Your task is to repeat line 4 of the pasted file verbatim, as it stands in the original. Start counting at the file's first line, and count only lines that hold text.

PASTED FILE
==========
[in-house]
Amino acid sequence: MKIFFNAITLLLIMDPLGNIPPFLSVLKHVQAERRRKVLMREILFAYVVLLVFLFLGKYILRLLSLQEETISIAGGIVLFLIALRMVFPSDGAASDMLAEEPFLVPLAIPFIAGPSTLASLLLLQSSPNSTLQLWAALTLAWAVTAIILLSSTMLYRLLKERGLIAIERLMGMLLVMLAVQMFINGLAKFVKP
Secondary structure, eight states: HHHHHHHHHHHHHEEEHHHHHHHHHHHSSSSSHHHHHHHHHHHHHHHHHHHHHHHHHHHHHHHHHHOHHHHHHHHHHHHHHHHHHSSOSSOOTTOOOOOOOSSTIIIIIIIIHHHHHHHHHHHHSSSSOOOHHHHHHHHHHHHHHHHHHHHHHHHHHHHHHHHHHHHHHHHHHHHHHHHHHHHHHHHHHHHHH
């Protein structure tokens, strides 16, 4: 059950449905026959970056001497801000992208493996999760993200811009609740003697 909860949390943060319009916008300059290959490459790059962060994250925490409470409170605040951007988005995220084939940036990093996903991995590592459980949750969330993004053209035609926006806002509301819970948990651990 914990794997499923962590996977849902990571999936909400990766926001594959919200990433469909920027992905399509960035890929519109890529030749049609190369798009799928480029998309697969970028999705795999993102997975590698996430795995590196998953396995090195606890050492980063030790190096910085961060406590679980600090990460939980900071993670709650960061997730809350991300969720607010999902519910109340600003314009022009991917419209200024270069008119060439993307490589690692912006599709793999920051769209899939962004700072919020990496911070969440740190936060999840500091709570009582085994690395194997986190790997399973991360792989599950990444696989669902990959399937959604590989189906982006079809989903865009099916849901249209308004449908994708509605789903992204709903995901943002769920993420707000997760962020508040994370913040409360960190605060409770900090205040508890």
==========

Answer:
């Protein structure tokens, strides 16, 4: 059950449905026959970056001497801000992208493996999760993200811009609740003697 909860949390943060319009916008300059290959490459790059962060994250925490409470409170605040951007988005995220084939940036990093996903991995590592459980949750969330993004053209035609926006806002509301819970948990651990 914990794997499923962590996977849902990571999936909400990766926001594959919200990433469909920027992905399509960035890929519109890529030749049609190369798009799928480029998309697969970028999705795999993102997975590698996430795995590196998953396995090195606890050492980063030790190096910085961060406590679980600090990460939980900071993670709650960061997730809350991300969720607010999902519910109340600003314009022009991917419209200024270069008119060439993307490589690692912006599709793999920051769209899939962004700072919020990496911070969440740190936060999840500091709570009582085994690395194997986190790997399973991360792989599950990444696989669902990959399937959604590989189906982006079809989903865009099916849901249209308004449908994708509605789903992204709903995901943002769920993420707000997760962020508040994370913040409360960190605060409770900090205040508890």